January 20, 2017
Business took me to the old river town of Helena, Arkansas, today, where I spent a worthwhile day, not least because on the way home, we spied a Pasquale’s Tamales food truck.
And that was the name of dinner tonight.
Mississippi River Delta tamales are a long tradition, one whose beginnings are lost. They were part of the fabric of everyday life in the 1930s, when Robert Johnson put voice to the hard work and poverty of the sharecroppers, in what came to be called the blues. It’s thought they may have dated back to the Mexican War, when Southerners traveled south to fight at Vera Cruz and Chapultapec, or they may have originated as a way for slaves to take a midday meal to the field, to stop briefly and eat in between chopping or picking cotton.
Tamales were poor folks’ food. Cornmeal, lard and the scrappy cuts of pork were cheap. For years, they were “soul food,” found mostly at African-American diners and church dinners. For a time, there was a friend of a fellow employee who came by with tamales for sale once a week or so, fishing them out of a big water-bath canner in the trunk of her car. And they were a mainstay of black church fundraising dinners; I became known for frequenting the ones which turned out, in my estimation, the best tamales.
I was fortunate to spend a few days in Clarksdale, Mississippi, heart of tamale country, recently, and I sampled tamales from both Larry’s, considered by my hosts the best tamales in town, and Abe’s, the classic diner at the very intersection where Robert Johnson reportedly sold his soul to the devil in exchange for the ability to play and sing the blues. I’ve had them in Hot Springs at McClard’ BarBQ, favorite barbecue joint of President Bill Clinton, where the tamales are larger, and are served in either a “full spread” or “half spread” of tamales topped with generous portions of chili, cheese and onion. I’ve had them at Doe’s Eat Place in Little Rock, and Lackey’s Smokehouse in Newport, and the Tamale Factory in Gregory, as well as in a half a dozen diners and convenience stores up and down Highway 61 from Memphis to Vicksburg in Mississippi.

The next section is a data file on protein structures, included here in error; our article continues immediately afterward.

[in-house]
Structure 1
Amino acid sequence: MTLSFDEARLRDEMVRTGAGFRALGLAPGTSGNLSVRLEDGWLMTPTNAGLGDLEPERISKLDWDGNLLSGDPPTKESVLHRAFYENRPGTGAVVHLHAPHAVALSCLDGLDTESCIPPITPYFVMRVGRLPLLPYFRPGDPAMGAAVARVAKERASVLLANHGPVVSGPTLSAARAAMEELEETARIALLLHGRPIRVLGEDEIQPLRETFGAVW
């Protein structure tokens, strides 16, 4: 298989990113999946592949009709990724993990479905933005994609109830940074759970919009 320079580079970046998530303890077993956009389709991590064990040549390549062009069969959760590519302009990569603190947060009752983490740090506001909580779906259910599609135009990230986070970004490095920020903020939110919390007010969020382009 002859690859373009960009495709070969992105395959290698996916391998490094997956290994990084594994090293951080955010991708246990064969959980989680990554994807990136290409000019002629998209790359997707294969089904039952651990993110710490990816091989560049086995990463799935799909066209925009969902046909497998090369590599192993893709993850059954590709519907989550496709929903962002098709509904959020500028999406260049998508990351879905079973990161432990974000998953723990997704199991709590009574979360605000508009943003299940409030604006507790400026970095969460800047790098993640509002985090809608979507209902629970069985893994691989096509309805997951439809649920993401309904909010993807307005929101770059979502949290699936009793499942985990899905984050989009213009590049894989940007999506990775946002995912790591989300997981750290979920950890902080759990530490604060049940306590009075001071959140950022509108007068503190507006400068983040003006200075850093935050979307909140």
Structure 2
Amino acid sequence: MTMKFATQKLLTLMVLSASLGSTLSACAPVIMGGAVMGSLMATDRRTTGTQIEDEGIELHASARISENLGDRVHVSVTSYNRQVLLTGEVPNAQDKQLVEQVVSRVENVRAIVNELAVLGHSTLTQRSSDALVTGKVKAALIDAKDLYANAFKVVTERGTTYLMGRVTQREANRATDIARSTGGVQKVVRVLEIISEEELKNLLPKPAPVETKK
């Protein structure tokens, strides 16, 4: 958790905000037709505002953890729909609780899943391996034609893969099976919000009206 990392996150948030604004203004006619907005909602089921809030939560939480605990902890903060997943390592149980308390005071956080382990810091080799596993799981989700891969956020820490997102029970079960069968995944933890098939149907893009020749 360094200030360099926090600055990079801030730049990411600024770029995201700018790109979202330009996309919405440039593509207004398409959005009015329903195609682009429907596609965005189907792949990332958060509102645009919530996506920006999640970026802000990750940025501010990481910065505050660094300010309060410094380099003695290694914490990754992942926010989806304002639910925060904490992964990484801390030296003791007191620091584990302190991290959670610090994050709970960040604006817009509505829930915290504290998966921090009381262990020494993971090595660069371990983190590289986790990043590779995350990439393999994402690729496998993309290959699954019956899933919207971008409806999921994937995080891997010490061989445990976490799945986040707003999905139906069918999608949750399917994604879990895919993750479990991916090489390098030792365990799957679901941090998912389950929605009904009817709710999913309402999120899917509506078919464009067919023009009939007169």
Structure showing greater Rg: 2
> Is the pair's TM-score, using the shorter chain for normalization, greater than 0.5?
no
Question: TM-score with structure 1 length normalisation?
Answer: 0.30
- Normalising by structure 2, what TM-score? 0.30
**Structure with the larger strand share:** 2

Pasquale’s tamales are solidly in the top 10 percent, maybe in the top 5, of the ones I’ve sampled. Medium-sized, as Delta tamales go, they have a good ratio of filling to crust (traditionally made with cornmeal, not the usual more finely-ground Mexican masa harina) with enough lard to give it some heft and texture without loading it down. The filling is long-simmered and flavored with salt, black pepper and a little cayenne. The “juice” is a thin, chile-laden broth. The wrapping is corn husks, rolled and folded. (Some Delta tamales are in foil.) As the nice gentleman in the food truck told me when I announced my intention to put some in the freezer, “pour you some of that juice in the bag with them and they’ll freeze real good.”
I got home and unwrapped three of those beauties and lined them up in a shallow bowl. Spooned half a can of Armour chili with beans over them. Spooned just a bit of juice over that. Ran them in the microwave. Added a generous portion of shredded cheddar (grocery store Kraft in a block, grated just before use) on top. I don’t go “all the way,” which would include chopped white onion and a few jalapeno slices.
To have been completely canonical, I would have had them with a two-inch-high stack of Saltine crackers. Unfortunately, I didn’t have any.
Dear Sweet Baby Jesus, y’all. These. Were. Good. REAL freakin’ good. Good enough that, while I have promised three of them to a dear friend, I am NOT inviting you ‘n y’mama ‘n ’em to come up and share the rest. You’re gonna have to go to Helena and get your own. The Pasquale’s truck sits on the south side of U.S. 49, not far past the Highway 1 light. It’s worth the drive.